You can apply to become bankrupt yourself, or your creditor might take you to court and force you to become bankrupt. However, this can also have lots of disadvantages. For instance, if you become bankrupt it will be much harder for you to get access to new credit for a period of 6 years, as your score will be deeply affected. Moreover, you might have to sell your car or home if you become bankrupt. This really should be seen as a last case scenario, and there are plenty of alternatives that could help you better manage your debts.

One of them is a debt relief order (DRO). This method is a bit less severe than bankruptcy, and less costly too. It is only possible if you have debts under £20,000 and if you do not own a home. Unfortunately, it also negatively impacts your credit score; but at least you will not have to show up in court or pay off any debts after 12 months.

Another option is an individual voluntary arrangement (IVA). Whilst the other two you do not have to pay your debt back; in an IVA you pay it back part of it. This usually occurs if you have the ability to pay some of the debt back but not all of it. An IVA requires a specialist person to execute the deal for you, called an Insolvency Practitioner, which is usually quite costly – although this cost will be spread over the typical 5-6 years monthly payments of your IVA.

The IVA might also require you remortgage your home, and/or sell off your car/other expensive items you might own to help pay for the arrangement. Furthermore, it also impacts your credit rating.

As such, all debt management arrangements must be looked after with attention – as they will have serious impacts in your finances. Due to bad debt, you might find yourself in a position where you cannot borrow money for things that might be fundamental in life, such as loans to help your child through education, or a mortgage to have a house to live in.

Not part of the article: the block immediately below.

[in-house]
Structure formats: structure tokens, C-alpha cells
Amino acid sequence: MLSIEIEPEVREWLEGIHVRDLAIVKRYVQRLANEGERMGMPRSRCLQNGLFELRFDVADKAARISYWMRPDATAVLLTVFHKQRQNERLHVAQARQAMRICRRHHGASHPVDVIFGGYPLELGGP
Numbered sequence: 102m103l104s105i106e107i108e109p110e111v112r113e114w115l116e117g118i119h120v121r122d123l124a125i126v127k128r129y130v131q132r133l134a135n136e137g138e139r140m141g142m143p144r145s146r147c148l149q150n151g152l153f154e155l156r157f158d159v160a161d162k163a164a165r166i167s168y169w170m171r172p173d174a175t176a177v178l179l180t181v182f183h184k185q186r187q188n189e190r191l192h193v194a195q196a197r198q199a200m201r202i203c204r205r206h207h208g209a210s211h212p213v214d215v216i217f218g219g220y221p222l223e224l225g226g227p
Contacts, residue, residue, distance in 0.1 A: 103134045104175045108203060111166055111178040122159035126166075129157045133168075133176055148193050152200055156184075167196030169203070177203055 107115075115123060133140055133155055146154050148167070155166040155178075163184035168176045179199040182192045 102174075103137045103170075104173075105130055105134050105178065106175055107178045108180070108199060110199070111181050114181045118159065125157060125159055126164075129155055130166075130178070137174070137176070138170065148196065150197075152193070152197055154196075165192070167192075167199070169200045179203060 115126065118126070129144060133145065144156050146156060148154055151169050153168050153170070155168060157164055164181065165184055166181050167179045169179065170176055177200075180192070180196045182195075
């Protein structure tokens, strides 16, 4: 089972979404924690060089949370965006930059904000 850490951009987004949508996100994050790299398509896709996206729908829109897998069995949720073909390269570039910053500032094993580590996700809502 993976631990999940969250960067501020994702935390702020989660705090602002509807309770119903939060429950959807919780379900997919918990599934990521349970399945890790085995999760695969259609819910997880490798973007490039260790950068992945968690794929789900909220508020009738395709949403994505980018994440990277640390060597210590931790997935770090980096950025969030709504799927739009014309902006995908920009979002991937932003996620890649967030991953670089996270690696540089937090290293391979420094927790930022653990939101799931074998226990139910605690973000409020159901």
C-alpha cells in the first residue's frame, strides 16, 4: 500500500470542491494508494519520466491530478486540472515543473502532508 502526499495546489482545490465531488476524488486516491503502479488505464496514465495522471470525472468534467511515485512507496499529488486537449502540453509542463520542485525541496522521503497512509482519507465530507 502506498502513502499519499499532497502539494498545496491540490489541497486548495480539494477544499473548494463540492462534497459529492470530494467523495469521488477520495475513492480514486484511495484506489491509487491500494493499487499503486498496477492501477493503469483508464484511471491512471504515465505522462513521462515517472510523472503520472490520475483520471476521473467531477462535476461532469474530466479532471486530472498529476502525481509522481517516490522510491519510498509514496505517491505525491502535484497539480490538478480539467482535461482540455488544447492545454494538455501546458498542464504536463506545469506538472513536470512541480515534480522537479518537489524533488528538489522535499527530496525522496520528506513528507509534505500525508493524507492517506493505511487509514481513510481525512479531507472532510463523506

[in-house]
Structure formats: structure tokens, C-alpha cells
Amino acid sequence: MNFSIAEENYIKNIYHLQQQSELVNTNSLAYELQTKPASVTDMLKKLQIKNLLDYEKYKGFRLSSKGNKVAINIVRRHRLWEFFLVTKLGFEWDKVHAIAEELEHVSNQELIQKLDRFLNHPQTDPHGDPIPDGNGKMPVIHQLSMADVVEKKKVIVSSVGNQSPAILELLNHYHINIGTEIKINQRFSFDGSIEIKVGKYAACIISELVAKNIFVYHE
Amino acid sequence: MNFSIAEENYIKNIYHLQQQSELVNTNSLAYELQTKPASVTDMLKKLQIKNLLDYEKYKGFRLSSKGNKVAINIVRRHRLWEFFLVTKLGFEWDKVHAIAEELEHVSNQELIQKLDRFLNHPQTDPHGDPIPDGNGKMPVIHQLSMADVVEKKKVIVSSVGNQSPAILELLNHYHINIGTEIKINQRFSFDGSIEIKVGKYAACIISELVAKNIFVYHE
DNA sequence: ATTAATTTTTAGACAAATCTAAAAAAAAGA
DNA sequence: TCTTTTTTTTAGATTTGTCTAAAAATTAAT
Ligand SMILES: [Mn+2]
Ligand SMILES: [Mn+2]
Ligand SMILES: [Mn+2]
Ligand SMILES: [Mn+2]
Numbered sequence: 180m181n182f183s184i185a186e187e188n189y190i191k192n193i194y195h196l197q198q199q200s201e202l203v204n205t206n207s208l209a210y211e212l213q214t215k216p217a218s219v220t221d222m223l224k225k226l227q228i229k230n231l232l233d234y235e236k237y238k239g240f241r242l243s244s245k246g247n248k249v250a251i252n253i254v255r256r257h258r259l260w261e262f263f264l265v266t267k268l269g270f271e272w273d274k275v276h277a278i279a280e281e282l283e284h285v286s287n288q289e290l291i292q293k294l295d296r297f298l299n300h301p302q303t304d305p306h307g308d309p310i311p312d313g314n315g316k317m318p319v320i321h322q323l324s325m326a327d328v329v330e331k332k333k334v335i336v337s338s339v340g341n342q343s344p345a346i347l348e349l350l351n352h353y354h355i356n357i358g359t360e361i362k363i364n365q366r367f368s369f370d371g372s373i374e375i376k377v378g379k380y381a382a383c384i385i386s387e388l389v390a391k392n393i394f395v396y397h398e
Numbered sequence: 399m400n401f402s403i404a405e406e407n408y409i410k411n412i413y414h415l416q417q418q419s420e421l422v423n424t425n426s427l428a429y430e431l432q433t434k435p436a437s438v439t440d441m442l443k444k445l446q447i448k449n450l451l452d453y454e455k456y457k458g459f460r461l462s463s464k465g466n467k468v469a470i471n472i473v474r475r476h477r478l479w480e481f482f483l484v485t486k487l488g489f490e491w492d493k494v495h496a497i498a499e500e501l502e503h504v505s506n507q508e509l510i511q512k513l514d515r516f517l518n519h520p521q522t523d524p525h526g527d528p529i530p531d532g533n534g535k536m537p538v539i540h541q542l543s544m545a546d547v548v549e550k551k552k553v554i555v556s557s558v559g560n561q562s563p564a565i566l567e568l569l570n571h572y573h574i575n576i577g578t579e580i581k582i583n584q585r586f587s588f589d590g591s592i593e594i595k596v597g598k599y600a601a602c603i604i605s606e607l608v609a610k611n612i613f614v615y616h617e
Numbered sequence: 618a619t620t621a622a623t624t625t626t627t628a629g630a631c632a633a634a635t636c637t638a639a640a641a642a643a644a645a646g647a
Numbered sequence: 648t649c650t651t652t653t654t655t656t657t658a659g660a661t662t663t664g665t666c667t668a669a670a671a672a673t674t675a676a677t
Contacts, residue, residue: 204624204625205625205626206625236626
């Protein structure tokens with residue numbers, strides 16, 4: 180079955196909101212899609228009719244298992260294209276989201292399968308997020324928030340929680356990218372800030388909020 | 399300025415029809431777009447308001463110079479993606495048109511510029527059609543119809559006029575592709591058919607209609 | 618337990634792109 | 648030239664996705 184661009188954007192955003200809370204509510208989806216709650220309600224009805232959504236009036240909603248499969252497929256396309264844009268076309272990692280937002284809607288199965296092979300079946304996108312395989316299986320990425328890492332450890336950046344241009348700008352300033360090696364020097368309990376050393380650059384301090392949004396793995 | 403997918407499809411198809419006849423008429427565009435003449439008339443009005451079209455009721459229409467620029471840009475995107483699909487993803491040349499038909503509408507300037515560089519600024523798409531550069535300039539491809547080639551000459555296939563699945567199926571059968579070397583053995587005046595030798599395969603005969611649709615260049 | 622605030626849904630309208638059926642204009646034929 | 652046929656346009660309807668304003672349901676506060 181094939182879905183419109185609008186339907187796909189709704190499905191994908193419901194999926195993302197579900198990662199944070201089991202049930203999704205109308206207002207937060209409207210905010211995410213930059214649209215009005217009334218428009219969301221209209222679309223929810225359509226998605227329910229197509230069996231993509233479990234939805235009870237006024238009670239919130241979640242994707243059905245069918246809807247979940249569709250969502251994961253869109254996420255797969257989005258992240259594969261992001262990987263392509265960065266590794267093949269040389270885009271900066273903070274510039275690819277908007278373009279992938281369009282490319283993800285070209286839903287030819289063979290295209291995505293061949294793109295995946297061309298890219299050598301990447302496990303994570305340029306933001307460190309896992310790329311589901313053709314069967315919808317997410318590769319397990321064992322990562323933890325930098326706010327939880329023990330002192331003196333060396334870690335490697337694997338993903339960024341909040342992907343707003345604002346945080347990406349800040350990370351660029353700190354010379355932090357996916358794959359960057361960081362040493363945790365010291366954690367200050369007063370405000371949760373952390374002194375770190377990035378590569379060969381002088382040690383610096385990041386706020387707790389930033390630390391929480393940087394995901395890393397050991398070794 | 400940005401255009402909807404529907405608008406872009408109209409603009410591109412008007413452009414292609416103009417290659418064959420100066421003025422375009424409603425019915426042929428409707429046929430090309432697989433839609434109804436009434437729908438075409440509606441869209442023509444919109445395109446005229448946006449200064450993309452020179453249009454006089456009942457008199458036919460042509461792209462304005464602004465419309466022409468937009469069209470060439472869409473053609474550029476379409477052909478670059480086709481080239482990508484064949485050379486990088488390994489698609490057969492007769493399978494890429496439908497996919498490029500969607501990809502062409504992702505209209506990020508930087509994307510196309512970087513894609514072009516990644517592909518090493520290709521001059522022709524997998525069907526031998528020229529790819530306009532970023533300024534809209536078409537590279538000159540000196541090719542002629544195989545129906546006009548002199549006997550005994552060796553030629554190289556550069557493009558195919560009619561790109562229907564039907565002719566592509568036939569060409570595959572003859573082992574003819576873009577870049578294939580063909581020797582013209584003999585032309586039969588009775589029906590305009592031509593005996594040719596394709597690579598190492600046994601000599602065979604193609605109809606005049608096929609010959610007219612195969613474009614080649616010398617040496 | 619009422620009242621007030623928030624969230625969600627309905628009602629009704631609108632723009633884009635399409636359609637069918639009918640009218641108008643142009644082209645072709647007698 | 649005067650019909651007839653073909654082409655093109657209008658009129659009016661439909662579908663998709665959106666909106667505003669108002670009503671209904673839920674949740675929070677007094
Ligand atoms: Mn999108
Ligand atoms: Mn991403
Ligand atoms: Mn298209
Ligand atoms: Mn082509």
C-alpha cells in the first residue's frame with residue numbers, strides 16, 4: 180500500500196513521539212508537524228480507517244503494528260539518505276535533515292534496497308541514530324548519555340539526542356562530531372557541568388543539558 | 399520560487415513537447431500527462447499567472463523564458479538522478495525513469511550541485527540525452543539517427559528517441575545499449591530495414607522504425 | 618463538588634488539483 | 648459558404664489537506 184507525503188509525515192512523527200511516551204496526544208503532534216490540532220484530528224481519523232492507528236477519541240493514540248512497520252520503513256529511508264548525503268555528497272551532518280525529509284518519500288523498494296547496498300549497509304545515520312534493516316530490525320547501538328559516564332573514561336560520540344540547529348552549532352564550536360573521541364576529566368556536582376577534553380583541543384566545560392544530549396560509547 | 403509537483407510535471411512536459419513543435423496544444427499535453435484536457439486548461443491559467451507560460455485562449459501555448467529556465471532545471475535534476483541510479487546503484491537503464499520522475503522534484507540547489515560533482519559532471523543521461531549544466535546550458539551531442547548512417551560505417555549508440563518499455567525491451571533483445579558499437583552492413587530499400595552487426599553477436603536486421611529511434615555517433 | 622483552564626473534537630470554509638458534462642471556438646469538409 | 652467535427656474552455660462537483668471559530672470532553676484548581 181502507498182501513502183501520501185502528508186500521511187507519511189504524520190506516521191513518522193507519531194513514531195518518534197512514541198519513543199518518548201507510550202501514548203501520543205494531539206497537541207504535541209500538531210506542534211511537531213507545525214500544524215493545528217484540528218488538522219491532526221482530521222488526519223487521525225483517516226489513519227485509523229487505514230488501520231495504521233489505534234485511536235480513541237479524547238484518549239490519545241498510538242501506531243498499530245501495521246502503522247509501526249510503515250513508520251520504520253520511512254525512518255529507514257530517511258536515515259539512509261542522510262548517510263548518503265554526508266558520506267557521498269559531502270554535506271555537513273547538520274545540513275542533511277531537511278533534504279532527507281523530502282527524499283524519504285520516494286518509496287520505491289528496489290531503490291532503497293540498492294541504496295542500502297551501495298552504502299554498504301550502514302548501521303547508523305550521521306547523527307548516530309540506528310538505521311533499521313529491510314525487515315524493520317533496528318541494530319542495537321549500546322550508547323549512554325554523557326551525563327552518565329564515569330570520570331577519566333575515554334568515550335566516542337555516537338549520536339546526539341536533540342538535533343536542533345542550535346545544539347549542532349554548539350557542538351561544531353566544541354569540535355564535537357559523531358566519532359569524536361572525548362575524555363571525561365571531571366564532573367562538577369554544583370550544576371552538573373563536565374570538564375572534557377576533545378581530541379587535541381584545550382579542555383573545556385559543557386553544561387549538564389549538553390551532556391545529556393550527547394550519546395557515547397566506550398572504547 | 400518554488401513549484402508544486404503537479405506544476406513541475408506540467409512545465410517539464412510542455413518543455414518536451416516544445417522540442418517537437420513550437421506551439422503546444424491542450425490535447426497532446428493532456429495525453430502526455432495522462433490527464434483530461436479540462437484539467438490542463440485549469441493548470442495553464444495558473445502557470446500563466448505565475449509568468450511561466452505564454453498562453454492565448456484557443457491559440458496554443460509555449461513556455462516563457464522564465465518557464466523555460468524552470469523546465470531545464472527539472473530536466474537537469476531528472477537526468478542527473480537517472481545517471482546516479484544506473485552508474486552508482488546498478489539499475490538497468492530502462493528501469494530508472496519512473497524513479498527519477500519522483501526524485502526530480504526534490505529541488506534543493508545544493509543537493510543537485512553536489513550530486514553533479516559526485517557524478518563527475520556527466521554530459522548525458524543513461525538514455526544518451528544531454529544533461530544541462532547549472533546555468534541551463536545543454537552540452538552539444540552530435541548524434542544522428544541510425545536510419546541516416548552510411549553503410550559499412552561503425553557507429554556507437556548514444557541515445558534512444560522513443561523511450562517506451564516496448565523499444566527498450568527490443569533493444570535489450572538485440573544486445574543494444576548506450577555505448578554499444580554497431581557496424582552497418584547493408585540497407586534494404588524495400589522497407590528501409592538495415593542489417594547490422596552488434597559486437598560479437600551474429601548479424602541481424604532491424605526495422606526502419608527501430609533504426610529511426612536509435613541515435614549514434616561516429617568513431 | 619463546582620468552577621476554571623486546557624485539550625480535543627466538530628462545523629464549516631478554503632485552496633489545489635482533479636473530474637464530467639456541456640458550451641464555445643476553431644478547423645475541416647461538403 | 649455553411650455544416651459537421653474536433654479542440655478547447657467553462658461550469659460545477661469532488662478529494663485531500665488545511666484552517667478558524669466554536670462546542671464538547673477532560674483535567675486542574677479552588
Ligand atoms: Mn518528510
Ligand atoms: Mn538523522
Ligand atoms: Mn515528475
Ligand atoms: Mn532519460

From the start, you should have a robust mentality towards your finances, so maybe the best way to avoid getting into a position where you require debt management would be by changing your mentality. You should try and value experiences, not possessions. No matter how much you own, how much you have, in the end you will leave it all behind just like everybody else.

I will leave with a few tips:

Refrain yourself from watching too much reality TV and engaging in social media. There is too much toxicity nowadays within it, and it will only hurt you further.

Practice thankfulness. Be grateful for what you own, what you have, there is so many people out there with less than us, less fortunate. Every person has their own challenges. This does not make yours less or more than other people’s, but being too focused on what is going wrong rather than what is going well for you can cause a deep frustration within you that might lead to a superficial and materialistic view of the world.

Organise your spending, through budgets and lists. Having structure will allow you to spend less and focus less on the material things.